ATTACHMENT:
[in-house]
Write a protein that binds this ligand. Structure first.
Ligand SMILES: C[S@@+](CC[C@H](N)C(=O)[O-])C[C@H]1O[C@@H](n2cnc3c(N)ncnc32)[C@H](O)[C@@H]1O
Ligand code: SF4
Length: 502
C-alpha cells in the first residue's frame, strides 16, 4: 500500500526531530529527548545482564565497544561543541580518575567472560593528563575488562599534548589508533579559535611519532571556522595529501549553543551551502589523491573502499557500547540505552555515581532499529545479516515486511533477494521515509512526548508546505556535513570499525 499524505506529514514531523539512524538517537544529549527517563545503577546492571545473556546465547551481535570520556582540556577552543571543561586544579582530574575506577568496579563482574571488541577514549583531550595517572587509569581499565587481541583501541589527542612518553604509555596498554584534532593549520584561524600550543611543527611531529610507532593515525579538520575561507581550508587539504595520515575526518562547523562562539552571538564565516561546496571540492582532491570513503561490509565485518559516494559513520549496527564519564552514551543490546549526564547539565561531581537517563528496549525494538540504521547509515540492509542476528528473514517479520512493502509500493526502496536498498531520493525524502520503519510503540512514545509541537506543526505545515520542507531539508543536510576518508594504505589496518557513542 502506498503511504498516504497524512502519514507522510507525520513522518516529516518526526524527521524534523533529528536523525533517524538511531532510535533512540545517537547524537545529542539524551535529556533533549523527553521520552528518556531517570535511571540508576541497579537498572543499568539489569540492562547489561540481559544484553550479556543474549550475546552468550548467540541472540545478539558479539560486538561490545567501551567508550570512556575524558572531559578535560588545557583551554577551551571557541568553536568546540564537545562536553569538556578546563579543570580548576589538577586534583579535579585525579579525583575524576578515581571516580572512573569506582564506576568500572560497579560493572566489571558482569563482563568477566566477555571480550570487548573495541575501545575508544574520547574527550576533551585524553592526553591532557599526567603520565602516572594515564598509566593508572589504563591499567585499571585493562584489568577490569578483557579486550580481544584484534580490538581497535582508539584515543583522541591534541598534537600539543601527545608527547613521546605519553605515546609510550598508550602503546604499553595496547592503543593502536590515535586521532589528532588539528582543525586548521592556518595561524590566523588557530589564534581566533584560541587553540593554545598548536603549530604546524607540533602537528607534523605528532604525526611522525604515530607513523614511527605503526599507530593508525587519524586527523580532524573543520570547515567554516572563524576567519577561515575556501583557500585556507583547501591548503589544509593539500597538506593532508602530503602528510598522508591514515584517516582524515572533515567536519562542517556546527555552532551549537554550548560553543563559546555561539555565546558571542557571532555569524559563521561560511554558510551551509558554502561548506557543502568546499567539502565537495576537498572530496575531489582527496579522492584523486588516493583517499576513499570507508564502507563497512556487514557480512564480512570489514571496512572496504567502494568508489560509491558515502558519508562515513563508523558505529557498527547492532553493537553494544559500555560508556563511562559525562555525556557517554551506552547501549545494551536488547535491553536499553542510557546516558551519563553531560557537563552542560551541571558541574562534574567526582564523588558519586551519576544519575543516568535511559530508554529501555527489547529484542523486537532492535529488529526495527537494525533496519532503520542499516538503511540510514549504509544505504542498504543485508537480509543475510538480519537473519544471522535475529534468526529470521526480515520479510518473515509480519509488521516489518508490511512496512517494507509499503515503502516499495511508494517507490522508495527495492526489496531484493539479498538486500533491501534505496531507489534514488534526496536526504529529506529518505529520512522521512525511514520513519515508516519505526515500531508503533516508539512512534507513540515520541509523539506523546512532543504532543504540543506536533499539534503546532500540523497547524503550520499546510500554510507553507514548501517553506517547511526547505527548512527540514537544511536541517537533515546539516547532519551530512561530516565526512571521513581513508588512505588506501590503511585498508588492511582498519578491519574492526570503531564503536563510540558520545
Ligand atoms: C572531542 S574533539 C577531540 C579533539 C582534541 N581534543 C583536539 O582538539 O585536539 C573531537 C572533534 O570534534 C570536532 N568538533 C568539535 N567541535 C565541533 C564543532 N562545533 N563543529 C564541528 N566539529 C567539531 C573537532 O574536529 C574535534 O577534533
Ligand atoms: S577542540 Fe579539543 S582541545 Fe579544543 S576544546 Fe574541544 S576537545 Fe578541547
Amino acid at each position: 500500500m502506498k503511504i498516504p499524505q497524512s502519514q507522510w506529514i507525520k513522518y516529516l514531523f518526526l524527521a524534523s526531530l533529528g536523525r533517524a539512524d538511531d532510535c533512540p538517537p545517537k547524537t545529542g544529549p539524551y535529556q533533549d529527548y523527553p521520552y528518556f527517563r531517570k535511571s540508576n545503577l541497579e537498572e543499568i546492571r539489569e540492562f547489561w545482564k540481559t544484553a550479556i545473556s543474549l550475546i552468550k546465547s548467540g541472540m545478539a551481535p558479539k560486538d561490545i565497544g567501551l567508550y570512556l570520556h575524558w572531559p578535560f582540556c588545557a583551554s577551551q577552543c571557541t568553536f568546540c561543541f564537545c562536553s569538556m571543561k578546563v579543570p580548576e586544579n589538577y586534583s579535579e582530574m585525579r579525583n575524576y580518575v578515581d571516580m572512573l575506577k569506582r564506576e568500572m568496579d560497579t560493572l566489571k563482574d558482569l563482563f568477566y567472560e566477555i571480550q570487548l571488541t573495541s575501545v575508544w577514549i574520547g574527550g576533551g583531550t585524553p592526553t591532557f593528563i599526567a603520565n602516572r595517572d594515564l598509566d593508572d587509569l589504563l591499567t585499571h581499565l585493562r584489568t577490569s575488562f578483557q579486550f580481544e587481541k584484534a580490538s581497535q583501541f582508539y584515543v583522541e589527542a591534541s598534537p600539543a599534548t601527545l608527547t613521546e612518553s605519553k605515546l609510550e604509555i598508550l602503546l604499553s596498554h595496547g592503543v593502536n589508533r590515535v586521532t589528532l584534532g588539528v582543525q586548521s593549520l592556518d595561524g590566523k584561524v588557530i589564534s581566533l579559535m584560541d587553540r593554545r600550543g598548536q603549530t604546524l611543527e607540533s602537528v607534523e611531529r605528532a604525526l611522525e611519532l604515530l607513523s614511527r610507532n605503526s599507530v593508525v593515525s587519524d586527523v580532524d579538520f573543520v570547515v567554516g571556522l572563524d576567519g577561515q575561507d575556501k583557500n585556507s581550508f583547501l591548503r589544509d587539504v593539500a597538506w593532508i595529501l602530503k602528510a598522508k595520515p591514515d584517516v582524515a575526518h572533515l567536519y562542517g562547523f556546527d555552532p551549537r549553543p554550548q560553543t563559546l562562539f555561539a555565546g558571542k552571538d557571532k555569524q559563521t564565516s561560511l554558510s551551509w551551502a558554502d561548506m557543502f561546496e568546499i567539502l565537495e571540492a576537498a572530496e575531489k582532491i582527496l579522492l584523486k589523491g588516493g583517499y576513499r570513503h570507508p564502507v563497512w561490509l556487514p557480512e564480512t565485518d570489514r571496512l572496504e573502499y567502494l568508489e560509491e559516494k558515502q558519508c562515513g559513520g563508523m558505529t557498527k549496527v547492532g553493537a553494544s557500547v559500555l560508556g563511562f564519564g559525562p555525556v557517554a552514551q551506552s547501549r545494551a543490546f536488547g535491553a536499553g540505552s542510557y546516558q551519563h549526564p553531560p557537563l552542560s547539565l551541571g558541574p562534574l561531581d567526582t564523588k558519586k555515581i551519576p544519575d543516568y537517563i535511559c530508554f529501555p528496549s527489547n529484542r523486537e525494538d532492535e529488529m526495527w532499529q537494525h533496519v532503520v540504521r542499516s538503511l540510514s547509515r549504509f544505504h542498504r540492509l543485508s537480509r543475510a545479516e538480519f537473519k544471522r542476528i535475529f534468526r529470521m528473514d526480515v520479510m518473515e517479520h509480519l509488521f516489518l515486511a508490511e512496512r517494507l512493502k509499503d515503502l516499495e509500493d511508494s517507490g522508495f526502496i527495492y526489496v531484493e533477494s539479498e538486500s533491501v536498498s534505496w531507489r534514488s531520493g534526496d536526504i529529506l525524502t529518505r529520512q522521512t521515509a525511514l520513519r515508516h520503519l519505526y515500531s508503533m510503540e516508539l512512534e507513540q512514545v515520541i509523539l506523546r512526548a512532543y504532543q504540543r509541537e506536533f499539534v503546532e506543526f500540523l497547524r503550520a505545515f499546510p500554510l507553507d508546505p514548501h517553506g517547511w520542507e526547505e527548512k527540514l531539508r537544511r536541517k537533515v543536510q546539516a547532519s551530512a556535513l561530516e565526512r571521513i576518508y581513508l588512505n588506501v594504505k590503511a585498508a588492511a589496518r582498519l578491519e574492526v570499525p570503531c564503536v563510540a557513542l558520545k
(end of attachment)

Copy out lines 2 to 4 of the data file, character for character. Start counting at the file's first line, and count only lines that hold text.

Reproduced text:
Write a protein that binds this ligand. Structure first.
Ligand SMILES: C[S@@+](CC[C@H](N)C(=O)[O-])C[C@H]1O[C@@H](n2cnc3c(N)ncnc32)[C@H](O)[C@@H]1O
Ligand code: SF4